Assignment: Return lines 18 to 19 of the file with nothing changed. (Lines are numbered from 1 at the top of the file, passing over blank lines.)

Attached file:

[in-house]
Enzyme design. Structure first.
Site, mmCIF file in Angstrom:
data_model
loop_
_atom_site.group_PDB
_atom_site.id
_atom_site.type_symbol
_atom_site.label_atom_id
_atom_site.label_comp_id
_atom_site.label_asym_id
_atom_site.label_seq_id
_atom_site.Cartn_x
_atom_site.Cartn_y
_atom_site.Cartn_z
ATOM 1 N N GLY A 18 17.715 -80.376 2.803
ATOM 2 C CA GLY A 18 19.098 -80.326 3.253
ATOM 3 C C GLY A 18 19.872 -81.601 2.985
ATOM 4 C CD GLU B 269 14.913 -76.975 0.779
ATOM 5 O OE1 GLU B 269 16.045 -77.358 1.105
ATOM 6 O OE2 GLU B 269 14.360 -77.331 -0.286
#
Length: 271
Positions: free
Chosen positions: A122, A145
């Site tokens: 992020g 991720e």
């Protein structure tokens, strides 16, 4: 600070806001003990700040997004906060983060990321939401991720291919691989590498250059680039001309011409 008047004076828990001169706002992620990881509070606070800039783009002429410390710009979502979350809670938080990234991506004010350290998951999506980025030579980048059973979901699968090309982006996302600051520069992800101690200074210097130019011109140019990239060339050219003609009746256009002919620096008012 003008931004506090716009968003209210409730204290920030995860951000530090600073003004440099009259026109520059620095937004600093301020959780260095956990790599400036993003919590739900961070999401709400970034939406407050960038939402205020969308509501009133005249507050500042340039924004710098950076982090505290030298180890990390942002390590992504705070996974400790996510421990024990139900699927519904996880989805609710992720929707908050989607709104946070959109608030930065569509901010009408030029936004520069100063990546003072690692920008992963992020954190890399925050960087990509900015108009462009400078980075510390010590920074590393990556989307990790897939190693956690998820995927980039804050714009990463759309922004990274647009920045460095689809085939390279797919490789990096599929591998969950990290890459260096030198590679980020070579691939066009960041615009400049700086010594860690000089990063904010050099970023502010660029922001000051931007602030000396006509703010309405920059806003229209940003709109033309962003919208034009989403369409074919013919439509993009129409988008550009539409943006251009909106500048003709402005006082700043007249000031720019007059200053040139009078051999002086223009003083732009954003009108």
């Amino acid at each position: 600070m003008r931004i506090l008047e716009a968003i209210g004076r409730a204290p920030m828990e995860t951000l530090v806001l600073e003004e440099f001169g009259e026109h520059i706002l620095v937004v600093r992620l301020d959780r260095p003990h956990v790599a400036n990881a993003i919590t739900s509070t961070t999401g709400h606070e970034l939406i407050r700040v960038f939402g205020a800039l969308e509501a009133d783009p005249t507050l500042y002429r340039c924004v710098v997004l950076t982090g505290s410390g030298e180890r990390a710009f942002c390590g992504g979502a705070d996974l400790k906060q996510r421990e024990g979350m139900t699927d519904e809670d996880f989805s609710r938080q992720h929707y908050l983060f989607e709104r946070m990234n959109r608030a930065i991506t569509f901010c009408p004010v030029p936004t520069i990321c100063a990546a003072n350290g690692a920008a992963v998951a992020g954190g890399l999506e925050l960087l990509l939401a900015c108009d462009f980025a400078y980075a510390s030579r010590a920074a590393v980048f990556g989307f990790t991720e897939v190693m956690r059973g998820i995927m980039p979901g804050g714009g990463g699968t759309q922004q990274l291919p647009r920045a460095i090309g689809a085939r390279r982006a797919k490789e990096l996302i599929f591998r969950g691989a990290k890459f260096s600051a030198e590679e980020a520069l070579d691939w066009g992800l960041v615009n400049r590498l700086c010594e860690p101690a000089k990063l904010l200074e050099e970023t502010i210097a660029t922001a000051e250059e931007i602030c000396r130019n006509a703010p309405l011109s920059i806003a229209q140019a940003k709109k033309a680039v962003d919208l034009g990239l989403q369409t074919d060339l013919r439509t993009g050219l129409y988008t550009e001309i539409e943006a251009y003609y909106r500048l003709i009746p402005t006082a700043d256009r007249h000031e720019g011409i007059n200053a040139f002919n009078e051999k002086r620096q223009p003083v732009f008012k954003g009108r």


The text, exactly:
ATOM 3 C C GLY A 18 19.872 -81.601 2.985
ATOM 4 C CD GLU B 269 14.913 -76.975 0.779